Since the snap General Election was announced last week, Labour Party leader Jeremy Corbyn has begun his election campaign by proposing his plan for Brexit, which will strongly focus on keeping the UK within the European Union’s single market. It’s a good plan, the single market being of great advantage to the people of the UK, but is it enough to get him elected?
Opinions on Corbyn have always been divided, even within his own party. David Miliband, a former hopeful for the leadership position of the Labour party, dubbed Corbyn as ‘unelectable’ last year. It is undeniable that Jeremy Corbyn is as left-wing of a leader as Labour has had in a long time. Despite it being an inherently socialist party, Labour has been central (Or perhaps even right of centre) politically since at least the nineties, and it’s Corbyn’s hard-left approach that has some of his own party members turned against him. Mainstream media has similarly painted him as too radical to ever be elected. According to Miliband, ”Labour’s move to the left was a mistake” and has put them at the biggest disadvantage in a long time
Former Labour Prime Minster, Tony Blair, has also implied Corbyn’s lack of electability this week, telling the shadow PM to put party allegiances aside in favour of focusing on Brexit. According to Blair, Corbyn is too committed to his leftist value’s to deliver a successful Brexit plan, and that his election plan ‘risks failure’.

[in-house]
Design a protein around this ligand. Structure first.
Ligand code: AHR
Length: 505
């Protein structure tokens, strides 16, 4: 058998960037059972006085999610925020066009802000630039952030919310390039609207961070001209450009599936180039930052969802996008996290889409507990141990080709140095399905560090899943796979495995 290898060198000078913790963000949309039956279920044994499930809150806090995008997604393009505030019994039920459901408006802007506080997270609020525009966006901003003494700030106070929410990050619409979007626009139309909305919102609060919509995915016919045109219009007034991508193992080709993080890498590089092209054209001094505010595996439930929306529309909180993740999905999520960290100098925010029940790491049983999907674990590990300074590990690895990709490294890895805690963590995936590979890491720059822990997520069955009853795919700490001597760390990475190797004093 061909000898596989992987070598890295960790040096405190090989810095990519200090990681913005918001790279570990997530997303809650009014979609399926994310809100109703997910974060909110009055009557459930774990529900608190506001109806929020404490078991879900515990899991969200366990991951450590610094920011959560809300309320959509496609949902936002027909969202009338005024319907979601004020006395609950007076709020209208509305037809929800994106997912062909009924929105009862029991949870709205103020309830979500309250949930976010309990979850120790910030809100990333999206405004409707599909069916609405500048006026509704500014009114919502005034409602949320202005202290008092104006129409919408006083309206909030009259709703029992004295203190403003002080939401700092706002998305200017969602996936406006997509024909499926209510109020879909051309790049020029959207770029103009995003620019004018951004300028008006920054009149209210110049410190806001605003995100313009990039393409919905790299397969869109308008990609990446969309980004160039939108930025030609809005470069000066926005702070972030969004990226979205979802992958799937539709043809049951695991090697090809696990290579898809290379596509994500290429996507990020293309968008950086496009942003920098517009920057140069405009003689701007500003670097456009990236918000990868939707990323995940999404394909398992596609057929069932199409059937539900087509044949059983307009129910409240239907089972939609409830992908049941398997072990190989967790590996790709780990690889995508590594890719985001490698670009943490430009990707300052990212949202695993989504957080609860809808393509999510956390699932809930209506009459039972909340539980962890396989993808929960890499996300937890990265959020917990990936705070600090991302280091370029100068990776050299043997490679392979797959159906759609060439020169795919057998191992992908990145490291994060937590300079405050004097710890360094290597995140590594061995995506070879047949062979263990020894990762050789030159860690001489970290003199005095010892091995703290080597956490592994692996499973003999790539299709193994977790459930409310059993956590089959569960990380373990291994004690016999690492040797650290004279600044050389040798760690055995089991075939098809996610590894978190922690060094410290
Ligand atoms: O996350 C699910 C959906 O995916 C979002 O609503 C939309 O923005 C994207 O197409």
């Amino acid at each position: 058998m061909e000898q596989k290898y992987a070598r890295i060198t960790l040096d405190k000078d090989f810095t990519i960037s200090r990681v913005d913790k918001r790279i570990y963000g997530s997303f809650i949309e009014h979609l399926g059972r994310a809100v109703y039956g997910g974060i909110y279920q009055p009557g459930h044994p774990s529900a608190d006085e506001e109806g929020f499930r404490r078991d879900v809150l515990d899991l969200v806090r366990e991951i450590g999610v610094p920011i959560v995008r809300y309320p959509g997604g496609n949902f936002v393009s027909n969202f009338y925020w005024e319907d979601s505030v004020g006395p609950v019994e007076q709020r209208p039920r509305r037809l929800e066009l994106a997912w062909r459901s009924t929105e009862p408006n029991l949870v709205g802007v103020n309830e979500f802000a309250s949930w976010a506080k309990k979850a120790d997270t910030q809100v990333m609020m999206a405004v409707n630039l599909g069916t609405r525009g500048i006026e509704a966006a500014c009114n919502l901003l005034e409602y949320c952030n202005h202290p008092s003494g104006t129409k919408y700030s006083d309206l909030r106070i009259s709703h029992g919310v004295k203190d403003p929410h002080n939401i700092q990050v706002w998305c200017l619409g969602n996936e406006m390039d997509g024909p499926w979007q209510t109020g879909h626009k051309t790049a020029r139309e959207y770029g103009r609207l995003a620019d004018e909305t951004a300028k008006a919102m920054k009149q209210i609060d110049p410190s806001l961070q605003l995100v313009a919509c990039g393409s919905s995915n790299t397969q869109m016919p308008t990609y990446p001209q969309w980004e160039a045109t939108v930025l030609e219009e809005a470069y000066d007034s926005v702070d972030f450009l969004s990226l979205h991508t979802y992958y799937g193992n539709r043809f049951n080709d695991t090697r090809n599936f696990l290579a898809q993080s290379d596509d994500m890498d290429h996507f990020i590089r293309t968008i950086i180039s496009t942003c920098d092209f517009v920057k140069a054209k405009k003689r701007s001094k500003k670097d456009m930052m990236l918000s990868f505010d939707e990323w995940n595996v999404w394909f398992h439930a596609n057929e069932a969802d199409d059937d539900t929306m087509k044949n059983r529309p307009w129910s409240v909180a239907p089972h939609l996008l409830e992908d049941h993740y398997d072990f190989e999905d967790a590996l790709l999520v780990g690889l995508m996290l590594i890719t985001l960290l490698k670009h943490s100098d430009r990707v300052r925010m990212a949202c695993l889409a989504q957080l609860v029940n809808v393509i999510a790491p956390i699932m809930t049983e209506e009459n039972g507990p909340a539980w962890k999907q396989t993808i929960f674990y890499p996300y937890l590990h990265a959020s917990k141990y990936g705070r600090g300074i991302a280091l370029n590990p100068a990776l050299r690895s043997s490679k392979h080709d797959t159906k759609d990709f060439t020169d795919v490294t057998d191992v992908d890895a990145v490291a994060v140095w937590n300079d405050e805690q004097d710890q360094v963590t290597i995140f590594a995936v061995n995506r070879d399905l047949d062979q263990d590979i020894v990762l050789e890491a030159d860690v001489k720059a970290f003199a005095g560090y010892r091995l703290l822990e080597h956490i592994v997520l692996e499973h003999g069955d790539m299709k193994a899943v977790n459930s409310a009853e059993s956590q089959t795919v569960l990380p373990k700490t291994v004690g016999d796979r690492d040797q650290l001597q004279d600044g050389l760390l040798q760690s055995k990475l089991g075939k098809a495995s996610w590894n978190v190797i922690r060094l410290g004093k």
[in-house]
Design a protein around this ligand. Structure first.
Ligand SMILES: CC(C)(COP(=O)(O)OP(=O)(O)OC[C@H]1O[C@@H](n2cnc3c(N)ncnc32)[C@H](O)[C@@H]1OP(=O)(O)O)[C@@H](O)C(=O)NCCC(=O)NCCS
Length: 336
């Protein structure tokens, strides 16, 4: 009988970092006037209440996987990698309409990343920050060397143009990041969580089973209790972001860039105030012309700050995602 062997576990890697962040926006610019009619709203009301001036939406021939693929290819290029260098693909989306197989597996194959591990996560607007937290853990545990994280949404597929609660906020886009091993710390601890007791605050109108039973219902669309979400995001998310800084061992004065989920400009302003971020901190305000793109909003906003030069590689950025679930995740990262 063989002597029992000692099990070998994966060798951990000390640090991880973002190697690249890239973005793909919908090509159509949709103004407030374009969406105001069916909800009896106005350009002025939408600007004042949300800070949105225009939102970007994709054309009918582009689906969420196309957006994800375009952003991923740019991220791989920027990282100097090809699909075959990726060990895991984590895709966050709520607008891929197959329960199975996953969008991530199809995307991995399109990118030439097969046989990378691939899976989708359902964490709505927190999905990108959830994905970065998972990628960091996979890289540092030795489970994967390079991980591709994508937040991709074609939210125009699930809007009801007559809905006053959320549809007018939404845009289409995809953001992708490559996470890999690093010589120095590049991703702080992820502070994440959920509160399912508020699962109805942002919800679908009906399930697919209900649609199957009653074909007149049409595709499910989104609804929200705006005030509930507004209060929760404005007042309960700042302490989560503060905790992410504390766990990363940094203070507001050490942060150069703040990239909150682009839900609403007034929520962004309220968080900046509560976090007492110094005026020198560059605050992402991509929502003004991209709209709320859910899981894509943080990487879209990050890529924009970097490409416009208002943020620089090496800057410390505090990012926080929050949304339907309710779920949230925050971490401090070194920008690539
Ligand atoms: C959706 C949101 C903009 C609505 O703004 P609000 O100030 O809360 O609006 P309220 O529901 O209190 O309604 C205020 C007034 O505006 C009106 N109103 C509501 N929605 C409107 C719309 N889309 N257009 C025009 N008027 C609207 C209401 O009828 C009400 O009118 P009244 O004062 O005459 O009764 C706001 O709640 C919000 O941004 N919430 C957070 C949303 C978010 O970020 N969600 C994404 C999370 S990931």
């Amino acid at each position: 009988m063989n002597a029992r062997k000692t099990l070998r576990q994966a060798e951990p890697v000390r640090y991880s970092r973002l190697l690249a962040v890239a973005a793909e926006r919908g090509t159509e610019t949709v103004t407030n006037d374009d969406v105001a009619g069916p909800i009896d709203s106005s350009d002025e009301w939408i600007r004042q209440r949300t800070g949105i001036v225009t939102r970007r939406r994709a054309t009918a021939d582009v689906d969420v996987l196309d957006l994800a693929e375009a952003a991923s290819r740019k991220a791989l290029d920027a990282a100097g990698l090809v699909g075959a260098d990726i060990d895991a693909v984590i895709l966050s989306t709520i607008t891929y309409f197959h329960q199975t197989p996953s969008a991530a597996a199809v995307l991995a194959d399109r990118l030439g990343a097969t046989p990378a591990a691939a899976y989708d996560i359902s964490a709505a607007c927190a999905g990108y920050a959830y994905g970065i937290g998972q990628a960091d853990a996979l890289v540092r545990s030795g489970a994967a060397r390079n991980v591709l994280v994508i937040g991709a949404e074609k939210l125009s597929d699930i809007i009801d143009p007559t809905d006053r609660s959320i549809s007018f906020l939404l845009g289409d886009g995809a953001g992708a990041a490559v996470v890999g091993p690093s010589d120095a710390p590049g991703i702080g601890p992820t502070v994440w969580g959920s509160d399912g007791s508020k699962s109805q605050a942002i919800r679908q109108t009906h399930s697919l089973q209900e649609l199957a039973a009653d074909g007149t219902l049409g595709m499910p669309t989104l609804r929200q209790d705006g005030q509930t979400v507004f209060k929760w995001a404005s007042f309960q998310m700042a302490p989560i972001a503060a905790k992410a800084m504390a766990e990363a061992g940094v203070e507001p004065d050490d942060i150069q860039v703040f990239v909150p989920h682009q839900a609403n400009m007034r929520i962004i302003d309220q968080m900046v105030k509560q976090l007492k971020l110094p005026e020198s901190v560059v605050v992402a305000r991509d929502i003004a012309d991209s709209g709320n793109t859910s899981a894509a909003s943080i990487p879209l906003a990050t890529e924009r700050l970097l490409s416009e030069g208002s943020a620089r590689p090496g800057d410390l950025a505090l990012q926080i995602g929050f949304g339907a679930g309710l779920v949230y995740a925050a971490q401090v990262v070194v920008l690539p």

So, according to Tony Blair and David Miliband, Jeremy Corbyn is too unshakably left to be elected in our current political climate. Are they right? It’s tough to say. After the blunders of the last Labour government under Gordon Brown, you could say Labour may never be elected again. Furthermore, with the rising conservatism amongst young people, Labour might not be getting the liberal youth votes they predict. However, Blair and Miliband are not ones to talk about the left. Firstly, Miliband wants a return to the Blairite Era. Blair, despite being the leader of the Labour party from 1983 to 2007, is known to be distinctly right-wing, or at least right of centre. It was Blair himself who developed (under the pressure of Thatcher, you could say) ‘New Labour’, the right of centre party that it was before Corbyn took over and set it back to it’s left wing roots. So, of course, Blair would think him too left to be electable, as he abandoned his parties values in favour of being ‘more electable’ when in fact he just buoyed a political system where the two leading partied are more alike than different.
So Jeremy Corbyn is unelectable according to the right wing. Obviously. Though it simply does not make sense to call the leader of the left-wing UK party ‘too left wing’ to be elected. He is electable for his political experience, his policies and the fact that he is the first Labour leader in a long time to stay true to the origins of his party, the working man’s party. The answer to the question is simple: You don’t have to elect him, but he is electable.